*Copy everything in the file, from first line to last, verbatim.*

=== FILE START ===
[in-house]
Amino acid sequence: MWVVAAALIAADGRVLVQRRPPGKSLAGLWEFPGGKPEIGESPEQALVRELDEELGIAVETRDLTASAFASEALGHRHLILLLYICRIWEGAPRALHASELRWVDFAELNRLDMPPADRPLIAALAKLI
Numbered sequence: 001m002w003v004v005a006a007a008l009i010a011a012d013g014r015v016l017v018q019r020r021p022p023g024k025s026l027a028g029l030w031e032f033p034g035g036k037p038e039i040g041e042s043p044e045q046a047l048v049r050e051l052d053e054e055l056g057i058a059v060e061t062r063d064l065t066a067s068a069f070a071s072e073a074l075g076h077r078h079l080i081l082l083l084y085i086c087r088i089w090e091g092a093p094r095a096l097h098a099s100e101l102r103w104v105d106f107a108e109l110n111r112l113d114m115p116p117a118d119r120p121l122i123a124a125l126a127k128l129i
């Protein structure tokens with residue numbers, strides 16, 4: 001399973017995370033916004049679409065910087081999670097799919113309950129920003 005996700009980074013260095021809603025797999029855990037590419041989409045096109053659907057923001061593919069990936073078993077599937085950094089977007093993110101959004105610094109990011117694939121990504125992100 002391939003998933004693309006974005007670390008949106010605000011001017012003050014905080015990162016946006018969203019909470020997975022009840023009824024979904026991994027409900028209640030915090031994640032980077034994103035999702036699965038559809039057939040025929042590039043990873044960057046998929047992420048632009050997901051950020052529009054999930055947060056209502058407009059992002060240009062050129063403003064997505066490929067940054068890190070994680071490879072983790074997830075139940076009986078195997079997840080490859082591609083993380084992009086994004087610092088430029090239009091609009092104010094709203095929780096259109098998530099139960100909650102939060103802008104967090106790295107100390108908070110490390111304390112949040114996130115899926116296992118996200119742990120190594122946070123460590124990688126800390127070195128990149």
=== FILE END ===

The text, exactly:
[in-house]
Amino acid sequence: MWVVAAALIAADGRVLVQRRPPGKSLAGLWEFPGGKPEIGESPEQALVRELDEELGIAVETRDLTASAFASEALGHRHLILLLYICRIWEGAPRALHASELRWVDFAELNRLDMPPADRPLIAALAKLI
Numbered sequence: 001m002w003v004v005a006a007a008l009i010a011a012d013g014r015v016l017v018q019r020r021p022p023g024k025s026l027a028g029l030w031e032f033p034g035g036k037p038e039i040g041e042s043p044e045q046a047l048v049r050e051l052d053e054e055l056g057i058a059v060e061t062r063d064l065t066a067s068a069f070a071s072e073a074l075g076h077r078h079l080i081l082l083l084y085i086c087r088i089w090e091g092a093p094r095a096l097h098a099s100e101l102r103w104v105d106f107a108e109l110n111r112l113d114m115p116p117a118d119r120p121l122i123a124a125l126a127k128l129i
């Protein structure tokens with residue numbers, strides 16, 4: 001399973017995370033916004049679409065910087081999670097799919113309950129920003 005996700009980074013260095021809603025797999029855990037590419041989409045096109053659907057923001061593919069990936073078993077599937085950094089977007093993110101959004105610094109990011117694939121990504125992100 002391939003998933004693309006974005007670390008949106010605000011001017012003050014905080015990162016946006018969203019909470020997975022009840023009824024979904026991994027409900028209640030915090031994640032980077034994103035999702036699965038559809039057939040025929042590039043990873044960057046998929047992420048632009050997901051950020052529009054999930055947060056209502058407009059992002060240009062050129063403003064997505066490929067940054068890190070994680071490879072983790074997830075139940076009986078195997079997840080490859082591609083993380084992009086994004087610092088430029090239009091609009092104010094709203095929780096259109098998530099139960100909650102939060103802008104967090106790295107100390108908070110490390111304390112949040114996130115899926116296992118996200119742990120190594122946070123460590124990688126800390127070195128990149």